Food production that is good for the planet is the vision of founder Eva Keretic.
It could become reality in Hafen City
May 30, 2023
Translated from the article in Hamburg News Online ( Economic News from the Metropolitan Region) Yvonne Scheller
"Regenerative food, i.e. the production of food according to regenerative agriculture criteria, is not only a far-sighted response to the threats posed by climate change, but also ensures diversification of the plant species we consume and thus more variety on our plates," states the Food Report 2023 of the Future Institute, which sees regenerative food as one of the three most important food trends.
Eva Keretic takes the approach of regenerative food production a little further and wants to create a sustainable closed-loop system with the Future Food Campus. For this, meat, fish, dairy products but also plant-based foods are to be produced in vertical farming and through precision fermentation as well as in bioreactors without the use of pesticides or antibiotics.
"The call for climate-friendly food is not new; on the contrary, Germany is late to the game," Keretic emphasizes. Even if the development of promising products and innovative production methods is still in its infancy, she says, the course should be set now for a goal-oriented nutritional turnaround. "In order to increase acceptance for food production that is good for our planet, we are already starting to educate people - in parallel with further innovations and the establishment of the Future Food Campus," says the committed climate activist and advocate of a food reform that is closely aligned with the climate, explaining her approach.
A virtual 3D exhibition on the topic of Future Food will offer a first impression starting in September, the founder announces. "As an avatar, visitors can then find out about innovative food and the future Future Food Campus simply via mobile device and experience what we are developing for Hamburg and the world." To make the vision a reality, the company is currently looking for a location in Hamburg. "We could imagine an area in HafenCity, for example in the Grasbrook or Billebogen area. Our goal is to get up and running in a timely manner."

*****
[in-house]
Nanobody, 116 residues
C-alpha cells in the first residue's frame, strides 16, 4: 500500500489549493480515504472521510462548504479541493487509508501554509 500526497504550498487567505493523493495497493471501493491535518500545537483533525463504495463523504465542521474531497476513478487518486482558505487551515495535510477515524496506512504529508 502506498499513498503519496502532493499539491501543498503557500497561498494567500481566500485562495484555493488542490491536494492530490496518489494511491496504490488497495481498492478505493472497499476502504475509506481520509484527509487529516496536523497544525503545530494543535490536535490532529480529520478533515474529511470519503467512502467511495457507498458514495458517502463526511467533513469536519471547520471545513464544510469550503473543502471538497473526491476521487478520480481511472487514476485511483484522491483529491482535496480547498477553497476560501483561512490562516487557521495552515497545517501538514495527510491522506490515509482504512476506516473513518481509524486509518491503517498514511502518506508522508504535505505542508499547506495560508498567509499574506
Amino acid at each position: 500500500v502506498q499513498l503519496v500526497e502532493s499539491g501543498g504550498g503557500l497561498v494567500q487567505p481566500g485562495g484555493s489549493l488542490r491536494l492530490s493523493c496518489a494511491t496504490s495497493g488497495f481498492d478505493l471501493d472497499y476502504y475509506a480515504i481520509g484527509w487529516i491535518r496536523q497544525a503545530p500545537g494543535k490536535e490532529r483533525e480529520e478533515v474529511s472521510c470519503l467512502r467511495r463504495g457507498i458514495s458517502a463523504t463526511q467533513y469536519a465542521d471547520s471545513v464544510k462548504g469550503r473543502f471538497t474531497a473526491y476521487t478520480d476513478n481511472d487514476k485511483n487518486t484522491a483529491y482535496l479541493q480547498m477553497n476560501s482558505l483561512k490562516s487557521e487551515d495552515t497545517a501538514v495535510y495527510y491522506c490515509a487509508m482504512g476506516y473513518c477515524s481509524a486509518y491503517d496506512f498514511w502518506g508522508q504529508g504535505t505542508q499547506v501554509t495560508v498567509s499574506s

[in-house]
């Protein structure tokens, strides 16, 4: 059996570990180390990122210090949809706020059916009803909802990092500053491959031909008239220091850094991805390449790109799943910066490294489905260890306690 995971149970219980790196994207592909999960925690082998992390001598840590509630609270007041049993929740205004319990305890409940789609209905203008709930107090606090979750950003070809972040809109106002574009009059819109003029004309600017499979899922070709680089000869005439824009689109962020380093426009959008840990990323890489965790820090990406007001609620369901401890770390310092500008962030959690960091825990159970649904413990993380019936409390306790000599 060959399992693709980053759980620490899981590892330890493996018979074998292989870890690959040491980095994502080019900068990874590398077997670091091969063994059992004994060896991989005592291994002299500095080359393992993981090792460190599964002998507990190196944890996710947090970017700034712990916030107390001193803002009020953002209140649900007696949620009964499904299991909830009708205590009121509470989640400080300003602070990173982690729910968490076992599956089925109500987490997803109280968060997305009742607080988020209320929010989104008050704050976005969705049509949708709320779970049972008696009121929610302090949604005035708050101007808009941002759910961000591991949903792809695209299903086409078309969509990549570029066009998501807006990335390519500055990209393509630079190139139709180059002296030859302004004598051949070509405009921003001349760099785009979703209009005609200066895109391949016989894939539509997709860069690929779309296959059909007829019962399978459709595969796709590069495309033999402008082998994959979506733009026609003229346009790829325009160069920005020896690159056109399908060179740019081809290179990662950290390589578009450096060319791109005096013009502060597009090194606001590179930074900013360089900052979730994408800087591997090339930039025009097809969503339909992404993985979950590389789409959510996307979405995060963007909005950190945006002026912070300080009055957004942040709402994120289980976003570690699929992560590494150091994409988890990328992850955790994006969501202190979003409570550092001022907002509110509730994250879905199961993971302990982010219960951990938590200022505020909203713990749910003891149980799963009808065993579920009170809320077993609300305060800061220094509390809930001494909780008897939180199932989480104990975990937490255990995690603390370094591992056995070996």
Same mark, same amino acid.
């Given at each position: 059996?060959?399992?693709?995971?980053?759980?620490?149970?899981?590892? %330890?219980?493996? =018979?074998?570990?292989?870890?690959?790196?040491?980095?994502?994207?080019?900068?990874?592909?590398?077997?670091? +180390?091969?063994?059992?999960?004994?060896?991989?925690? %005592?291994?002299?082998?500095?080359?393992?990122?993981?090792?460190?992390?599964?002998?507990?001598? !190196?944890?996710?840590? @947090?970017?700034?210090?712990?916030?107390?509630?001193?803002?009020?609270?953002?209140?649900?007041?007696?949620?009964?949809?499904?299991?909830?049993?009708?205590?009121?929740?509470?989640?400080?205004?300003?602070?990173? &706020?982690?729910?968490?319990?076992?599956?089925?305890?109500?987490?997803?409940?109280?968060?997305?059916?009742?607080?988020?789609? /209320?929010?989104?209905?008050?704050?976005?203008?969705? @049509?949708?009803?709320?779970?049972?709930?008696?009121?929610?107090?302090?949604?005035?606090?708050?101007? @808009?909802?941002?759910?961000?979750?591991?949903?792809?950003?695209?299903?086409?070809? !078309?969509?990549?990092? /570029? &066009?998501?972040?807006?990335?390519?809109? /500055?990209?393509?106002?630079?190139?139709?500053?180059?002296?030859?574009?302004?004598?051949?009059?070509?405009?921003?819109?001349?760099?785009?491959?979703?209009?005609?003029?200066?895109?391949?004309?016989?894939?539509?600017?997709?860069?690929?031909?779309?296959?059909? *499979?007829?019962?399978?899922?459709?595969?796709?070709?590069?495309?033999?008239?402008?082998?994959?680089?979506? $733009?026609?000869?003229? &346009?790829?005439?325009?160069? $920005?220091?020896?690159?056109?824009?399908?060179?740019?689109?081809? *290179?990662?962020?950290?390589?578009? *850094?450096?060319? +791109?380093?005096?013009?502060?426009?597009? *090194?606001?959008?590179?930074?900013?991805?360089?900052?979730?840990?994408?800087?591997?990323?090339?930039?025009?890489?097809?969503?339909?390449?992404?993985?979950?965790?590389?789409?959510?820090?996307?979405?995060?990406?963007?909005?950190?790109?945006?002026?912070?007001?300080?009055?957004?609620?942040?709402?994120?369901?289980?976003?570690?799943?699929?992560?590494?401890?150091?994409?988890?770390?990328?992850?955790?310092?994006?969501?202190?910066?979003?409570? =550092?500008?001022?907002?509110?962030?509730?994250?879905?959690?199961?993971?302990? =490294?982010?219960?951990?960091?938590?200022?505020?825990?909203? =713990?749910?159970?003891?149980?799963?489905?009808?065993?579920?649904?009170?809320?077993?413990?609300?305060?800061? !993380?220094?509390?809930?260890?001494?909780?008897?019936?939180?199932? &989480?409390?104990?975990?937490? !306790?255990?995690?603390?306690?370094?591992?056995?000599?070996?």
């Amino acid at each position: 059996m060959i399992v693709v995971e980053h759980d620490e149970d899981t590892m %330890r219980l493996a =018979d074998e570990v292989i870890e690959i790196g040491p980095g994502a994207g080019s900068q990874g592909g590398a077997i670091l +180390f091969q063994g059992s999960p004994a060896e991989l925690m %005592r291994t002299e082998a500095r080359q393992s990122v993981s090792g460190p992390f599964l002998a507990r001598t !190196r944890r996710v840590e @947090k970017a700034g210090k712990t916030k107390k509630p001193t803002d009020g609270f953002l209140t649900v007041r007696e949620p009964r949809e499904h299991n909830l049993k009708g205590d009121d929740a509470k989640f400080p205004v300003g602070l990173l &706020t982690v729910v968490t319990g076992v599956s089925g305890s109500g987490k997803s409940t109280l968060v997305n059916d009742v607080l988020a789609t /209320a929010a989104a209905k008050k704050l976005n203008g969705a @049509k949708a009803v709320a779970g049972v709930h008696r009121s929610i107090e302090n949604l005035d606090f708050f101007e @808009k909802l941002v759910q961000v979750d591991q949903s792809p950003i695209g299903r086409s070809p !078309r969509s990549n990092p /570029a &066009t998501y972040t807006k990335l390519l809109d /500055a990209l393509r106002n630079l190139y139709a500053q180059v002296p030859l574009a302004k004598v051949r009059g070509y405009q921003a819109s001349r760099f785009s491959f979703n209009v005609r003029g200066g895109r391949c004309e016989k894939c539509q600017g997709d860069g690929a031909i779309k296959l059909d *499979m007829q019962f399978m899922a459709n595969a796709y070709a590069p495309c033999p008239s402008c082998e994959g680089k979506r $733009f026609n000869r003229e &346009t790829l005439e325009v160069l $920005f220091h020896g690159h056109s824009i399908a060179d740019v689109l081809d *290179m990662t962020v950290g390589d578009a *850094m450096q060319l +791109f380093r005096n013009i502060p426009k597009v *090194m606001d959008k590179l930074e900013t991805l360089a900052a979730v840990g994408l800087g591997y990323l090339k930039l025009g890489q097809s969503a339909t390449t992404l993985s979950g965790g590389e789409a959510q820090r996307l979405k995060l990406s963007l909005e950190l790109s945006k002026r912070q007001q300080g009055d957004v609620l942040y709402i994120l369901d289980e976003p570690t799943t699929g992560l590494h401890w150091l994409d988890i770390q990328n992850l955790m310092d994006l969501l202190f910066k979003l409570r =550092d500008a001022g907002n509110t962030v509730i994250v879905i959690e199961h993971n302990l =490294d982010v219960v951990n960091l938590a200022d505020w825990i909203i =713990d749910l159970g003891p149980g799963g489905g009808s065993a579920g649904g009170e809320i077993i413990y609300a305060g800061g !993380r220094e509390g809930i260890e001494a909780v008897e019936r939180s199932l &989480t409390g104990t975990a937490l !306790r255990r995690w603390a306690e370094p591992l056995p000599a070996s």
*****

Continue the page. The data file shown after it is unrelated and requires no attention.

Keretic receives support for her plans from Foodcluster Hamburg. "I'm a member of the Chamber of Commerce's Committee for Innovation, and Hamburgische Investitions- und Förderbank is also already one of our supporters." In addition, the U.S. native is well connected internationally and maintains contacts with, for example, the Climate Reality Project, an NGO founded by former U.S. Vice President Al Gore, as well as various companies in the food industry. "It's important that we get all the relevant players in the industry on board - from startups to the big players. That's why I'm also glad that we were able to recruit Jürgen Leisse, former 'President Central Europe' at the US food company Mondelez International, for our team. And Simone Poppe, experienced manager from the food industry or marketing expert Hendrik Flügge are also part of it."
Keretic is all about moving from wanting to act. While many are aware of how damaging conventional agriculture is to the climate and that, in the face of a growing world population, the traditional approach cannot produce enough food for everyone, she said. "But we must now start to implement concrete overarching solutions as well," Keretic stresses, citing the manure issue as an example. "Manure is a valuable fertilizer, but we have too much of it and disposal is becoming a problem." At the Future Food Campus, the waste product from agriculture will be part of the green energy concept. On the one hand, energy consumption will be minimized through the intelligent use of waste heat, renewable power generation and biodynamic cooling. "On the other hand, we are relying on the waste-to-energy process, among other things, to generate energy - and will thus turn a problem into a solution."